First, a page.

^Teach one, reach one. Wasn't that like a motto or something somewhere?

^In this picture above I am digging a pit to teach students how to do a pit profile. I got the teaching skill set by taking the AIARE Instructor Training Course. I am still working through their program as we speak as well. 

^In the prime time of winter the guiding turns on hot and heavy. However, you'll notice that is really just a few months time to really get after it. Gotta fill up those dates and that "book of business" takes time to build up. For young guides that may result in gaps without work when they're just starting out. Having the ability to pick up a course teaching gig can be useful if snow goes bad or a hole in bookings arises. I also have a special niche skill set from my experience as a pro skier in my 20's now in guiding for media content projects. Guiding for camera operators and athletes is a different animal than guiding for the general public. This was my world for a glorious decade of my life as a pro athlete and now I am fortunate to guide those efforts as well. That adds to the potential client list, which adds to the pool of work I can do when it is go time in the prime of winter.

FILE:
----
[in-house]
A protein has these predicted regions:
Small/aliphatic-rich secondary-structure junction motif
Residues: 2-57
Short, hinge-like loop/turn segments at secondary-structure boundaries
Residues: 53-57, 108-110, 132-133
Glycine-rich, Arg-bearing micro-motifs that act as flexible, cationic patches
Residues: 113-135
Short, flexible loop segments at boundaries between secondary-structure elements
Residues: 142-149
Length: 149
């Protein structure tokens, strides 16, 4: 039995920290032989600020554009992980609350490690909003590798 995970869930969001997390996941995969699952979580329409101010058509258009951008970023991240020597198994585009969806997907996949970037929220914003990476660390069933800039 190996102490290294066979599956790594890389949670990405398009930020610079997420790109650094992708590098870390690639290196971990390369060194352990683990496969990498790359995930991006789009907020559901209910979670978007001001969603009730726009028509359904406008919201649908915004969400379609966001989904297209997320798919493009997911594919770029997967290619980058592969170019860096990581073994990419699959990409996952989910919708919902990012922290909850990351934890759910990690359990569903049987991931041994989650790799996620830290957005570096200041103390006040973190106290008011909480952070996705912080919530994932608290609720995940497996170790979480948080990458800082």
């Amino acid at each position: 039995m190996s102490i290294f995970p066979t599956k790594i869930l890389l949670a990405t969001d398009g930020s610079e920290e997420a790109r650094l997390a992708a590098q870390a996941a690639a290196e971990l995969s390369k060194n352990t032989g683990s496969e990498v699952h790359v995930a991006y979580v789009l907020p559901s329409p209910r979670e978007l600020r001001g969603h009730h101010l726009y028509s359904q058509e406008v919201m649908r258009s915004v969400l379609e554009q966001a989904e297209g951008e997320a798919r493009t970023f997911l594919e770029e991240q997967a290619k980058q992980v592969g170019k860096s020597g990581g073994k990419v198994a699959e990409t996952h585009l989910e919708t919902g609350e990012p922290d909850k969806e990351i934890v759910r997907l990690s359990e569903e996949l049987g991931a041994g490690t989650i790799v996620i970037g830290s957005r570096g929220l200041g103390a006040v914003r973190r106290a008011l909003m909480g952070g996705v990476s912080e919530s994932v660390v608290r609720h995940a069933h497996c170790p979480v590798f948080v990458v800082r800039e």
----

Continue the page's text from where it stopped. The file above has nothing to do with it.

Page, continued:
^Snowboard legend Brian Iguchi playing the part on a shoot I guided this winter in this picture above. 

^I was fortunate to work on a snowmobile shoot this winter as well for an outfitter I work with. Snowmobiling is another skill I have been working on lately. It is difficult, but has become an essential tool in my guide life efforts. 

^Watching this pro snowmobiler boon dock powder turns was inspiring. I am getting better at my skills as we speak, but it is a work-in-progress indeed. It has opened up terrain for me to access and outfitters to work with too. I bought my own snowmobile a few years ago as well that has allowed me more opportunities to do more guide work. 

^I also started working with a mechanized outfitter a few years ago too and now have opportunities to do that work as well. Mechanized guiding is another complimentary skill set that adds a few more layers to learn. The snowmobile skills have become paramount in this mechanized guiding world as well. 

^This human powered ski tour guiding scene pictured above that many people think of when I tell them about what I do is really just one small part of the puzzle that makes this career actually work. The plethora of continuing education is another aspect as well in medical training and such, but the ability to make the ends meet to make a living as you gain these skills is the true art of building a ski guiding career that actually works. The diversity of skill sets that afford the diversity in income is what has allowed me to create a long sustainable career as a ski guide. These days I am adding in the mountaineering skill set as well. Mountaineering has been a really huge learning curve for me, but as I have explained thus far the continuing education and adding of valuable skill sets to my life is the sauce that has allowed me to build this life to begin with so it makes sense to me to keep it going. Seems like good life advice in general, but in this #GuideLife of mine it has proven paramount.